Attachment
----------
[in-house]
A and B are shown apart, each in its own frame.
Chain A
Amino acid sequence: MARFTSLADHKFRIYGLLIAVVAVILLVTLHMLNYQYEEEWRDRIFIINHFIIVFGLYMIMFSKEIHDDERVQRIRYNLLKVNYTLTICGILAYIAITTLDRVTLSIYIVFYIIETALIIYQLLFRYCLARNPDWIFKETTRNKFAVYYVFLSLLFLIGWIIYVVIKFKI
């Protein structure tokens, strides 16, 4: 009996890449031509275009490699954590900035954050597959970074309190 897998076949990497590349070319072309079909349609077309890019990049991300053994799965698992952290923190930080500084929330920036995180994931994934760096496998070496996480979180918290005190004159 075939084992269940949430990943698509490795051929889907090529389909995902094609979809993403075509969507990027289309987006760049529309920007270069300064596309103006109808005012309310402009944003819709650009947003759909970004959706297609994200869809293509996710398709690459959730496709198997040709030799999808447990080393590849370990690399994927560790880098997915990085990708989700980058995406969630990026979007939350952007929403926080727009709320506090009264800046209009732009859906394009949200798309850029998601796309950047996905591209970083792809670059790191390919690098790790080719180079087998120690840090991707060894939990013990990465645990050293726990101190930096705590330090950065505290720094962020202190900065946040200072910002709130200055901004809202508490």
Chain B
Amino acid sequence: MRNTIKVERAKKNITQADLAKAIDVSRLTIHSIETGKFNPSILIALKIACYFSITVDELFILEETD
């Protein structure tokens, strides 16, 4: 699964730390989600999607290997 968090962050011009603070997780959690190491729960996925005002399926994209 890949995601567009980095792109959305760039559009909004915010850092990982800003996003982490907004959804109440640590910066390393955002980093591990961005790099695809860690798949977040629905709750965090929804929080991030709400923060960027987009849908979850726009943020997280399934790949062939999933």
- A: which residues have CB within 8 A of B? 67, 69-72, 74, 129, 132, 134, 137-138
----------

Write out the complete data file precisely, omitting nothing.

[in-house]
A and B are shown apart, each in its own frame.
Chain A
Amino acid sequence: MARFTSLADHKFRIYGLLIAVVAVILLVTLHMLNYQYEEEWRDRIFIINHFIIVFGLYMIMFSKEIHDDERVQRIRYNLLKVNYTLTICGILAYIAITTLDRVTLSIYIVFYIIETALIIYQLLFRYCLARNPDWIFKETTRNKFAVYYVFLSLLFLIGWIIYVVIKFKI
């Protein structure tokens, strides 16, 4: 009996890449031509275009490699954590900035954050597959970074309190 897998076949990497590349070319072309079909349609077309890019990049991300053994799965698992952290923190930080500084929330920036995180994931994934760096496998070496996480979180918290005190004159 075939084992269940949430990943698509490795051929889907090529389909995902094609979809993403075509969507990027289309987006760049529309920007270069300064596309103006109808005012309310402009944003819709650009947003759909970004959706297609994200869809293509996710398709690459959730496709198997040709030799999808447990080393590849370990690399994927560790880098997915990085990708989700980058995406969630990026979007939350952007929403926080727009709320506090009264800046209009732009859906394009949200798309850029998601796309950047996905591209970083792809670059790191390919690098790790080719180079087998120690840090991707060894939990013990990465645990050293726990101190930096705590330090950065505290720094962020202190900065946040200072910002709130200055901004809202508490």
Chain B
Amino acid sequence: MRNTIKVERAKKNITQADLAKAIDVSRLTIHSIETGKFNPSILIALKIACYFSITVDELFILEETD
């Protein structure tokens, strides 16, 4: 699964730390989600999607290997 968090962050011009603070997780959690190491729960996925005002399926994209 890949995601567009980095792109959305760039559009909004915010850092990982800003996003982490907004959804109440640590910066390393955002980093591990961005790099695809860690798949977040629905709750965090929804929080991030709400923060960027987009849908979850726009943020997280399934790949062939999933």
- A: which residues have CB within 8 A of B? 67, 69-72, 74, 129, 132, 134, 137-138